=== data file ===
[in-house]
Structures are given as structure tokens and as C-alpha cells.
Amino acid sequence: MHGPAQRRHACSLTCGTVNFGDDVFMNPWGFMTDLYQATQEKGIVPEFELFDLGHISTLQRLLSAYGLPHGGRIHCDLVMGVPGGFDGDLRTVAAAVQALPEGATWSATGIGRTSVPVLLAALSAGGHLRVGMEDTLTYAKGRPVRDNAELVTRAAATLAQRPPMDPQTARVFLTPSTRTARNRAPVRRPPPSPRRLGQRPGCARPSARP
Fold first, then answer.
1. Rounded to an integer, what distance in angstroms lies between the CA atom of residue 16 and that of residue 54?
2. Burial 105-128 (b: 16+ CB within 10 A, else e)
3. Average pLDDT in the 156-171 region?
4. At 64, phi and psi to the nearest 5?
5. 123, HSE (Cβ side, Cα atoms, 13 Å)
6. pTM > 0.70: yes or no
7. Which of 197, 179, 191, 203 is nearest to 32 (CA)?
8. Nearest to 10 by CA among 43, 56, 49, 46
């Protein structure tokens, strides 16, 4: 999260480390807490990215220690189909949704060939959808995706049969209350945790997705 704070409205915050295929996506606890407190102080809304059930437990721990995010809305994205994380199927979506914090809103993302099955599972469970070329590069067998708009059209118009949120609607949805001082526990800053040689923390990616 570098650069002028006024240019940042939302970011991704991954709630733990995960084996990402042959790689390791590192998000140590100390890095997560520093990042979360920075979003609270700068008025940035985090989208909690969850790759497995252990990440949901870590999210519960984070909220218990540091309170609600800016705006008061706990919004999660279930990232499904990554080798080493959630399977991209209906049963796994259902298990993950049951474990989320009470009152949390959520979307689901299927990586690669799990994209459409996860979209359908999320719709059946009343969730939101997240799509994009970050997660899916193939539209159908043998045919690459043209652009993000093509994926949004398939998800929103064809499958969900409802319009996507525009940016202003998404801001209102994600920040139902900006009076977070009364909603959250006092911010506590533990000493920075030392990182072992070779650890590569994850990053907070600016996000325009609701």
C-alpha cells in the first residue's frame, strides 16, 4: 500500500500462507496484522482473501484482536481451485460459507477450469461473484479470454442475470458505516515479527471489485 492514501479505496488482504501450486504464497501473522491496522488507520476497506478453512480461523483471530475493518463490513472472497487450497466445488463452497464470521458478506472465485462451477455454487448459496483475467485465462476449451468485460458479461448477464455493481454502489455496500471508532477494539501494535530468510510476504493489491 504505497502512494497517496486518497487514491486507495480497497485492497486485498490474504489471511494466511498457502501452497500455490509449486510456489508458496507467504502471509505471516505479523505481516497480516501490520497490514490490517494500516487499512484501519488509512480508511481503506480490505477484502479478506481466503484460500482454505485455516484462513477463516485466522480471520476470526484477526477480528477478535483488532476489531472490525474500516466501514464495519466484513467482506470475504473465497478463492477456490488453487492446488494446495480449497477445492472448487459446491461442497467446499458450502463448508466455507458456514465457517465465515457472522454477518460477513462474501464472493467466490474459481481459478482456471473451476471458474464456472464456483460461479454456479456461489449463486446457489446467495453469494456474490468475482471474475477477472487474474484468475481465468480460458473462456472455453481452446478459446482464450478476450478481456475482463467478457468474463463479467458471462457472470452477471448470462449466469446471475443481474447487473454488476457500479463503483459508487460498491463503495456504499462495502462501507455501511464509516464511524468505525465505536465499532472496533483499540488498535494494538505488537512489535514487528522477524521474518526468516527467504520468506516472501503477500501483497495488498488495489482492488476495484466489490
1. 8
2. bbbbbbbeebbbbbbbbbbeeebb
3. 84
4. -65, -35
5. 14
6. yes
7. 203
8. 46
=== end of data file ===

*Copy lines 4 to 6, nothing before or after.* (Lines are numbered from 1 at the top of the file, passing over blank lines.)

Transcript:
Fold first, then answer.
1. Rounded to an integer, what distance in angstroms lies between the CA atom of residue 16 and that of residue 54?
2. Burial 105-128 (b: 16+ CB within 10 A, else e)